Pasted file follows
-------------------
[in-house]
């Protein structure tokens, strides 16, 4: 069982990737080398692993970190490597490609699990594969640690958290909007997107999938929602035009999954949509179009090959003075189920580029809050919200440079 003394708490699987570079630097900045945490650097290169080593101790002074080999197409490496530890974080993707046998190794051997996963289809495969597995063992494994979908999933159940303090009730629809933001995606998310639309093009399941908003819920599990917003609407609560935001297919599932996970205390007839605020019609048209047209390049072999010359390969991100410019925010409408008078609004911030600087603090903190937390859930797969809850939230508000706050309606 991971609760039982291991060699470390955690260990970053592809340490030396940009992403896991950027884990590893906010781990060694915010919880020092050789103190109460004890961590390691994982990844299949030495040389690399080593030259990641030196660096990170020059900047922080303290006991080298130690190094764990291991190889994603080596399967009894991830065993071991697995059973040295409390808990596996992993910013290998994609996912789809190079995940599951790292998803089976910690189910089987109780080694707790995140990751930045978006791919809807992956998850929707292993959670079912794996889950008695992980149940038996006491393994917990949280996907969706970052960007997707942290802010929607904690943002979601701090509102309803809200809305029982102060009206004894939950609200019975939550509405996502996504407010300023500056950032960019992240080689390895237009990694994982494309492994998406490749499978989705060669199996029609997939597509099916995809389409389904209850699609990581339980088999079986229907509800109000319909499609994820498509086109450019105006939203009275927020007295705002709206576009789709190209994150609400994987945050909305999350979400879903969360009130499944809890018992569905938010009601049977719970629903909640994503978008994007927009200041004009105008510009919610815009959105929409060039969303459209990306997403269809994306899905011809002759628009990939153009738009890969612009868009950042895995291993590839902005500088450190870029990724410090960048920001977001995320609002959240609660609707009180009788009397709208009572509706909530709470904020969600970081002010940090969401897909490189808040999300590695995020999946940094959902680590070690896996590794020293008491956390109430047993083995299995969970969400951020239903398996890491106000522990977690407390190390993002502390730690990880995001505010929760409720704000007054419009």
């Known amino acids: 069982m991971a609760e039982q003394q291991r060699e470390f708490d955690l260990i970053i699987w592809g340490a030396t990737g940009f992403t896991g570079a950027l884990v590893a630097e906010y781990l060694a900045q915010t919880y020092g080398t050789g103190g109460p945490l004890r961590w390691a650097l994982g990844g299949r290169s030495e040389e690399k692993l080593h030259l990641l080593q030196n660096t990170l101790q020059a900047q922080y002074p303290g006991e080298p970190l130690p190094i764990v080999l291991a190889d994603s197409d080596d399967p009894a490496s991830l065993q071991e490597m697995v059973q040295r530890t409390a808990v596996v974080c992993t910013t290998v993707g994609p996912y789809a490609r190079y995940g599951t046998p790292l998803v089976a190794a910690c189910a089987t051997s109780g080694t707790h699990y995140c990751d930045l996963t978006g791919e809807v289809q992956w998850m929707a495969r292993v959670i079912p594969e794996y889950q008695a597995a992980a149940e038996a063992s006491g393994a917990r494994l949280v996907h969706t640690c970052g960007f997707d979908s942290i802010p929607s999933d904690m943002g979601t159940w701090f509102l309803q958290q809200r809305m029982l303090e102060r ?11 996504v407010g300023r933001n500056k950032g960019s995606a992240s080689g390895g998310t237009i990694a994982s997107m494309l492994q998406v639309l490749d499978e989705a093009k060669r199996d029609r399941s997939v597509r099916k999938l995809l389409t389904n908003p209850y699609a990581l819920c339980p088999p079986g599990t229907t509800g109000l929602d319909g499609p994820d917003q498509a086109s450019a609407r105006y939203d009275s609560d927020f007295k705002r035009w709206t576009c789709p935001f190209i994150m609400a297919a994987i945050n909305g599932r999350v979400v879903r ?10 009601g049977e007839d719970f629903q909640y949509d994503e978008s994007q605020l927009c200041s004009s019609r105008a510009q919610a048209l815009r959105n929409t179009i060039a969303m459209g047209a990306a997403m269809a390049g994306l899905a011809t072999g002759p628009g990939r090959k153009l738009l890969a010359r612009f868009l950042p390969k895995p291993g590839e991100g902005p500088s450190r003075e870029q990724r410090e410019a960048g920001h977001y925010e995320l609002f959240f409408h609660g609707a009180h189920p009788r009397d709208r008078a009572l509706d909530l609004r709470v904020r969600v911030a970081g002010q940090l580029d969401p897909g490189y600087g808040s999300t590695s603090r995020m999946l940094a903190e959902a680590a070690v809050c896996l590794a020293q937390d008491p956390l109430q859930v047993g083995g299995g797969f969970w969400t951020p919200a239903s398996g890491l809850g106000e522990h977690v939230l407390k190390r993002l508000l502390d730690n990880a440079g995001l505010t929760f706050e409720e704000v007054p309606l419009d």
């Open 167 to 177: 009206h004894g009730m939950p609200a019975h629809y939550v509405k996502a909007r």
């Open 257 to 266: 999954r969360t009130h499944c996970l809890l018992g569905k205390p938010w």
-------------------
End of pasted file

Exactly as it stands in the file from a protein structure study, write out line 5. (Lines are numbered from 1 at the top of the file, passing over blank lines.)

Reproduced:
């Open 257 to 266: 999954r969360t009130h499944c996970l809890l018992g569905k205390p938010w």